Students will be able to research and find possible solutions to a problem using a biological database.
Students will be able to read and understand amino acid sequences and alignments produced by Biology Workbench.
Students will be able to identify common mutation locations in HIV-1 envelope proteins and human CD4 proteins and make research/treatment recommendations based on this information.
Immediately prior to this lesson the students spent two days becoming familiar with Biology Workbench for Students, and have already set up their own accounts. Prior to that, they spent a good deal of time learning about viruses in general, and specifically HIV, including history of the epidemic, lifecycle, transmission/prevention, and treatments. Earlier in the semester the students learned about DNA, protein synthesis, and restriction enzymes. For each of these topics the students learned what it is and how it is used in biotechnology. They also learned several lab skills that incorporate these topics.
5 computers hooked up to the Internet
Posterboard (can be provided by the students)
Hand out instructions for the lesson (See Appendix B). Make sure all students have a copy of the Biology Workbench for Students instruction sheet (See Appendix A). Have the students find a partner to work with in the computer lab. Explain that their first job when they get into the computer lab will be to search for envelope glycoprotein from HIV-1 patients (stress that they should not use proteins from HIV-2 patients, since this is a very different strain that is often not lethal like HIV-1). Tell them that they will not have time to compare all of the proteins they find in a search, so they will need to decide which ones they should use (in the lab, if a group has trouble deciding which to use, suggest that they use location as a way of deciding). For instance, they may choose to use only protein from American patients, or they may choose to compare proteins from different parts of the world). Also tell them that they may want to do more than one alignment, based on the sequences they choose to use. Once they have found the proteins they want to work with, they should research question 1 using the skills they learned in the lesson prior where they were introduced to Biology Workbench.
The real beauty of this lesson is that the students get to work on their own to solve this problem, and they really could go in all different directions. It may seem that giving directions such as these may stifle that part of the lesson, but it really is necessary. Biology Workbench is a fairly complicated tool connected to several huge databases, which makes it difficult to find what you’re looking for even when you know exactly what it is. Without some direction I think the students would mostly waste a lot of time trying to figure out what to do first, and would have very little time to dig into the problem.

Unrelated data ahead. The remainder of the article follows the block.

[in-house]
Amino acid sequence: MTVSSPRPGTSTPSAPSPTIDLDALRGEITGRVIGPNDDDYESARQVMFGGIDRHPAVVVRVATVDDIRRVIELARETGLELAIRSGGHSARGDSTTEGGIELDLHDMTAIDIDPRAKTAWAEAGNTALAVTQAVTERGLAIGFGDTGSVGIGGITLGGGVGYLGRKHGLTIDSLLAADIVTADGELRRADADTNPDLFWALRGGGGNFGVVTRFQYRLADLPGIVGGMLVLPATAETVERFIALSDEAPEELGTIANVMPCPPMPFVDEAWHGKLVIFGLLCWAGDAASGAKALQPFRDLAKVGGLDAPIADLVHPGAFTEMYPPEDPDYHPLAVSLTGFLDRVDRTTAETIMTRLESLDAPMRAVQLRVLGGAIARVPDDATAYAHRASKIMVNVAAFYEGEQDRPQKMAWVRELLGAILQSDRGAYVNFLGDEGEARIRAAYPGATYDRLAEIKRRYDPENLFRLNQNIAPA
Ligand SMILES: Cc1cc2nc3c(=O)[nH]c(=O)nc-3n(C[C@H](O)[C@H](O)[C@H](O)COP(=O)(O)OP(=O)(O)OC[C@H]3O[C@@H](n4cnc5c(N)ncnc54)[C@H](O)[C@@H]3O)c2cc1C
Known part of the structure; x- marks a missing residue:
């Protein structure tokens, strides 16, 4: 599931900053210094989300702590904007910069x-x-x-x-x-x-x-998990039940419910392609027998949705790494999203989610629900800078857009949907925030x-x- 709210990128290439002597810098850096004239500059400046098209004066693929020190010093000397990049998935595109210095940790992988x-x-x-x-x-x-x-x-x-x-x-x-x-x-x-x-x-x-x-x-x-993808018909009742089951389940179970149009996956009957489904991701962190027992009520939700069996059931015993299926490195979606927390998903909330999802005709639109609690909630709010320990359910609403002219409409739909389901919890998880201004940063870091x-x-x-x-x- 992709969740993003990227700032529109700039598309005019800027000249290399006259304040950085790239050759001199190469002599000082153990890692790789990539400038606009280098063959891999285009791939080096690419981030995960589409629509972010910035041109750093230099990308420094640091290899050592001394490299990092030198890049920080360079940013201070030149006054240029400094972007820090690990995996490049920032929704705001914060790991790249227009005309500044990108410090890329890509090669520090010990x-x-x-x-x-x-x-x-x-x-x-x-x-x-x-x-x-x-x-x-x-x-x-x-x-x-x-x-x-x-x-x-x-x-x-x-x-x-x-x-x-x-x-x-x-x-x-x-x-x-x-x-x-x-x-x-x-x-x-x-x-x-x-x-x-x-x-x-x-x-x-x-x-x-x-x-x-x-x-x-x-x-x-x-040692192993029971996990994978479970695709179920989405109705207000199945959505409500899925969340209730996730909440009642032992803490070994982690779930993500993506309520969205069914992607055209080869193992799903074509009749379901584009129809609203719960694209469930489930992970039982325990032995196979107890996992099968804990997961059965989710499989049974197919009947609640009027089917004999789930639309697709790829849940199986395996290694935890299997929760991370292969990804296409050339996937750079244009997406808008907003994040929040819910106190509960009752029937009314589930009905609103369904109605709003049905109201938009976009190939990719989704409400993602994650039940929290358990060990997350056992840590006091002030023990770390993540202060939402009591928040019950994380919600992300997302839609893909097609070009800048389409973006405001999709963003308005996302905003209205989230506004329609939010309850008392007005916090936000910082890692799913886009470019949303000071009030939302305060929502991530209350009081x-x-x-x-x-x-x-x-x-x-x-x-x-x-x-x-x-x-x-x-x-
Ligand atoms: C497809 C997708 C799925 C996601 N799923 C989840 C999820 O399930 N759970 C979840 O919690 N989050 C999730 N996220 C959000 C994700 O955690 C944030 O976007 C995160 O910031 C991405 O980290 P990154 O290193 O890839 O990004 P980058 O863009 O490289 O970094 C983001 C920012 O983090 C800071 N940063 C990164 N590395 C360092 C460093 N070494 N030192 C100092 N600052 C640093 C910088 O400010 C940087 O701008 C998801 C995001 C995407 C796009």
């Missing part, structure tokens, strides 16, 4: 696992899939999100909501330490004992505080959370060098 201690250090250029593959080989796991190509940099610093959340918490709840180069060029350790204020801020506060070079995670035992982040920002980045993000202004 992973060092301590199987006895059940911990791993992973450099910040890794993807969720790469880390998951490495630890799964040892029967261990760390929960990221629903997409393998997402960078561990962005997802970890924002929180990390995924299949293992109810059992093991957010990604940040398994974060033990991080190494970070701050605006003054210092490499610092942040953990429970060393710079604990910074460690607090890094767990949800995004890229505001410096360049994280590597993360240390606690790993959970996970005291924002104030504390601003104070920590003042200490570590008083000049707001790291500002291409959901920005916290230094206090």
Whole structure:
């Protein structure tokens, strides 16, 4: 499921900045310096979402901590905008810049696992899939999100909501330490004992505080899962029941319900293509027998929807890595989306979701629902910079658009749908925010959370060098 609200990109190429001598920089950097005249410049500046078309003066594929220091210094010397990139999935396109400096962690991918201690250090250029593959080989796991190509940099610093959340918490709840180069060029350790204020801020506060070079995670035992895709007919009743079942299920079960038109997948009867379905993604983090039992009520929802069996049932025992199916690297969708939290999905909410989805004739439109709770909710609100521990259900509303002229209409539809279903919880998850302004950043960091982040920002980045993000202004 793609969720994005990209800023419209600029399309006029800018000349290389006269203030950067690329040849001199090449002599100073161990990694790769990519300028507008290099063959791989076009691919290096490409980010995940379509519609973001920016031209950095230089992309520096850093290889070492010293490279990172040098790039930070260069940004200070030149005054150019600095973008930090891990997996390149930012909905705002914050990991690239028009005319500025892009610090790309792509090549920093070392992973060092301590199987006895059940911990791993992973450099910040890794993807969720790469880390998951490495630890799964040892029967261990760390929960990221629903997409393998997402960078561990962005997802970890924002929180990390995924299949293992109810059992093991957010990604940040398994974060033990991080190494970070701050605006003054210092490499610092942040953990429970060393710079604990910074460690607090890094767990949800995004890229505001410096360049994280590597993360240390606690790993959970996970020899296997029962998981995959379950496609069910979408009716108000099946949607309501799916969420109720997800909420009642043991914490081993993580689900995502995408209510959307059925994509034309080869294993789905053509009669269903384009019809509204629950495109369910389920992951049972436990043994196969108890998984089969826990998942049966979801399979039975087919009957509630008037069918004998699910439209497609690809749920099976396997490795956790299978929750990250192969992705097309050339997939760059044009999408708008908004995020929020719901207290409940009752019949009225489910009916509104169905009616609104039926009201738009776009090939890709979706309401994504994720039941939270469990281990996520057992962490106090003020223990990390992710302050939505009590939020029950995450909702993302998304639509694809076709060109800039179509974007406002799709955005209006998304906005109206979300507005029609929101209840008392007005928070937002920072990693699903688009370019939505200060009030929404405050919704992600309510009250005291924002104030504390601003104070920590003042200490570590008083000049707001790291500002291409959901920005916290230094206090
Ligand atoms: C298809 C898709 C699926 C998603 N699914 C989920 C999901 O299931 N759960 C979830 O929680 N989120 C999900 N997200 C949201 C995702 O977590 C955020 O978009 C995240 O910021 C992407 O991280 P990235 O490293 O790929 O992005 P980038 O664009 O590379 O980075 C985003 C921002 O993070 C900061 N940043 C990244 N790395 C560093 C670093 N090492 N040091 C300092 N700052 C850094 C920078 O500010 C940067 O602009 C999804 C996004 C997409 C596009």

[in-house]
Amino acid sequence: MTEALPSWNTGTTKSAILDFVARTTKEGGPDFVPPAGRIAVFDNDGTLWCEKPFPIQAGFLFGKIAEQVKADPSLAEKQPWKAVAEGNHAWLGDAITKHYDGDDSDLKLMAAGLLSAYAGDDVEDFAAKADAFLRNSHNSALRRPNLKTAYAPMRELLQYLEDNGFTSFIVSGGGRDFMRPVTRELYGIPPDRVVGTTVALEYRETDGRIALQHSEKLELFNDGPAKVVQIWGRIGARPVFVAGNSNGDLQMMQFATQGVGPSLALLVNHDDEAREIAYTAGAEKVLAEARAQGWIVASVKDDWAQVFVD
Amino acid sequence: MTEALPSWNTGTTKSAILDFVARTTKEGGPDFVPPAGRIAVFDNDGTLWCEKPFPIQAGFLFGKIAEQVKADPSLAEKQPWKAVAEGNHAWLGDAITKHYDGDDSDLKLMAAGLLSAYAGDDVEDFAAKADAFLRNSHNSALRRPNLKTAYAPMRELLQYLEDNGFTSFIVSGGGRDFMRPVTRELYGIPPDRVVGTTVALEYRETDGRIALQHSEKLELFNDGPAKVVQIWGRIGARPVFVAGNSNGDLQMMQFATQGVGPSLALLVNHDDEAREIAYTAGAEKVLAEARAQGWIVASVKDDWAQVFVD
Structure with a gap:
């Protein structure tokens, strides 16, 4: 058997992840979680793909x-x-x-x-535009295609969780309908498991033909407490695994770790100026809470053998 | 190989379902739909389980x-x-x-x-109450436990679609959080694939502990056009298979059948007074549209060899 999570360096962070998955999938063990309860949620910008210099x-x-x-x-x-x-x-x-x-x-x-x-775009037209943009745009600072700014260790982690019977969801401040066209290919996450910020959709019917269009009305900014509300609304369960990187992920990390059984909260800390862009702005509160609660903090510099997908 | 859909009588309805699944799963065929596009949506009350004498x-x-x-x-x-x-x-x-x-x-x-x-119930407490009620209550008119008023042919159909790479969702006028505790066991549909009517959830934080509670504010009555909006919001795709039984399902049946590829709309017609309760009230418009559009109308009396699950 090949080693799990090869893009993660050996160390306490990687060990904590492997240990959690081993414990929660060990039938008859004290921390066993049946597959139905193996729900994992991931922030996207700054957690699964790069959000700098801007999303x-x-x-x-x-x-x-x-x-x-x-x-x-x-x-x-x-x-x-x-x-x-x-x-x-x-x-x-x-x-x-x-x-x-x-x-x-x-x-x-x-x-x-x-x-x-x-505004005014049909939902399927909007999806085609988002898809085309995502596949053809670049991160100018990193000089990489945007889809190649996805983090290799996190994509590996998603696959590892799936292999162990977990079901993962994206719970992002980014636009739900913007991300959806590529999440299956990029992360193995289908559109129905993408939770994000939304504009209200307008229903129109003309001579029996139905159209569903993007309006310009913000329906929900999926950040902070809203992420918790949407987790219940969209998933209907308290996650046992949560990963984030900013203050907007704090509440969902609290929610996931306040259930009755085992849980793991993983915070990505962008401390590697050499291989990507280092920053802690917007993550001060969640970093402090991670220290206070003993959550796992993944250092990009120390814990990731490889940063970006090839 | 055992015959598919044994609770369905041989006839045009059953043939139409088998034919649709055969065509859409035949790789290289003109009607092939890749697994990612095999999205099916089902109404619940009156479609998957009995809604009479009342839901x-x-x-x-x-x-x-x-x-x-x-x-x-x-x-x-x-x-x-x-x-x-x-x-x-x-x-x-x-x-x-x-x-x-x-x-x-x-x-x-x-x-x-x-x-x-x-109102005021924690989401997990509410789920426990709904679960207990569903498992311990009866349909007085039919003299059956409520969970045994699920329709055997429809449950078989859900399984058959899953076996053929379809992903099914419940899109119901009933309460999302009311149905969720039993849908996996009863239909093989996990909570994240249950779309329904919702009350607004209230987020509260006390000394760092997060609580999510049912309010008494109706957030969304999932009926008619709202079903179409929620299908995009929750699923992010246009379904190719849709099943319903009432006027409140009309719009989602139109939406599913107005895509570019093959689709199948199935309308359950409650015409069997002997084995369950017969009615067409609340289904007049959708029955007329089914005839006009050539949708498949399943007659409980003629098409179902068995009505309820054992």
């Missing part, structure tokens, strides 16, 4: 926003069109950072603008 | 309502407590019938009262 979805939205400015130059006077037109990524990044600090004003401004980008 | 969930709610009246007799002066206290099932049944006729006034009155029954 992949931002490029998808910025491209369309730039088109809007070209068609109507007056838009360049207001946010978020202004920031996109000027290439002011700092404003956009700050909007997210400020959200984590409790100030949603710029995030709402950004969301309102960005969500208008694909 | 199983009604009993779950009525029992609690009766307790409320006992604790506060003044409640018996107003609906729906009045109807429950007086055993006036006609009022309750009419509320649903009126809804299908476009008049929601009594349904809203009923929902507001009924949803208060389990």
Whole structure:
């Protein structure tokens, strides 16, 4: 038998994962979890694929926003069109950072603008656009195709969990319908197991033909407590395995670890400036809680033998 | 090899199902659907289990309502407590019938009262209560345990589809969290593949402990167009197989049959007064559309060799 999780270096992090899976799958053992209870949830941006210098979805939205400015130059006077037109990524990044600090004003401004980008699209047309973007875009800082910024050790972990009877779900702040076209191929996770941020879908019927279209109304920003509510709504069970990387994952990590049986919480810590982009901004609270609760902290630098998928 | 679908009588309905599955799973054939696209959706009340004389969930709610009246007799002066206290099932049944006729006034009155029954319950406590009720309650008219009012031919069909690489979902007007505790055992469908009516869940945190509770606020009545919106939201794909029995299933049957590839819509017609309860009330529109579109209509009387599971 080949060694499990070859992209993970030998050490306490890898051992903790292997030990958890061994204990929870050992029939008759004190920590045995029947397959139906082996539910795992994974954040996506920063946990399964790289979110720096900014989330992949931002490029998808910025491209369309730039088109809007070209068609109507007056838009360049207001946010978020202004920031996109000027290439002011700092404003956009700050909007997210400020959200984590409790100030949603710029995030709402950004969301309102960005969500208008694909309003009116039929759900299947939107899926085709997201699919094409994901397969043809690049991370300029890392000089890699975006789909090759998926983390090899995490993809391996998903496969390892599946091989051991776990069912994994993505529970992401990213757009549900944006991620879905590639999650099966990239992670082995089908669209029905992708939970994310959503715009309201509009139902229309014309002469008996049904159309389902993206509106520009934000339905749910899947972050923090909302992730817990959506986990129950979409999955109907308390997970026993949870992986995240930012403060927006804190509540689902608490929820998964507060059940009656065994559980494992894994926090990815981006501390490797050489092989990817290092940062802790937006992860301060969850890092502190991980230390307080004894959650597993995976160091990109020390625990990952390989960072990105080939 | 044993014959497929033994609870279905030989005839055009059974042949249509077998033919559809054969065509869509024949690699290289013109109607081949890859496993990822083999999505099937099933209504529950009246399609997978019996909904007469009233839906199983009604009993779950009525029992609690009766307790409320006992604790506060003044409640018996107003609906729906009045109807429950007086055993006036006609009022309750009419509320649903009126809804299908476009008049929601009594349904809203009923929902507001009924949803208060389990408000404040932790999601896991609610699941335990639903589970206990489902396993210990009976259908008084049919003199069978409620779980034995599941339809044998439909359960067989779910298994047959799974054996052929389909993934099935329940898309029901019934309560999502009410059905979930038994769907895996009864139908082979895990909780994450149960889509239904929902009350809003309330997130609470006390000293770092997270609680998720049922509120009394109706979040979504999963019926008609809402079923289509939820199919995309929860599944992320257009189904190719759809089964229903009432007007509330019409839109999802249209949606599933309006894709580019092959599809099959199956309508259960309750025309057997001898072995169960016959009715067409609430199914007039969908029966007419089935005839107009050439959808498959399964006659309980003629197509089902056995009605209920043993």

Move the class to the computer lab, and allow the students to use the rest of the period to begin their research. Circulate around the room to provide assistance with using Biology Workbench, but allow the students to conduct their own research, only offering advice when a particular pair of students seems to be completely stuck.
Again, this lesson is great in that it lets students really work on their own research. Often a teacher is tempted to guide the students along when they seem to struggle a little. In this lesson I think it’s really important that the students do spend a little time struggling with the problems. There may be a couple groups that do get completely stuck and have no idea where to go next, and these groups may need a little extra push in the right direction, but in general it’s better if they can figure it out on their own.
Return to the computer lab to continue working on the research they started yesterday. The students will probably have to spend the entire day working on question 1. Once again, circulate around the classroom and answer any specific questions about Biology Workbench. If any students do happen to get finished with question 1, they can begin working on question 2, but tell them that it will be introduced to the entire class tomorrow.
Another part of this lesson that really works well for the dichotomy of students that are in this biotech class is that students really get a chance to work at their own pace. For the students that do really well in science, they always have the opportunity to move on to the next stage in the project, even if the other students haven’t gotten to that stage yet. At the same time, student who don’t do as well in science aren’t forced to move on to a new problem when they still don’t understand or aren’t finished with the first problem.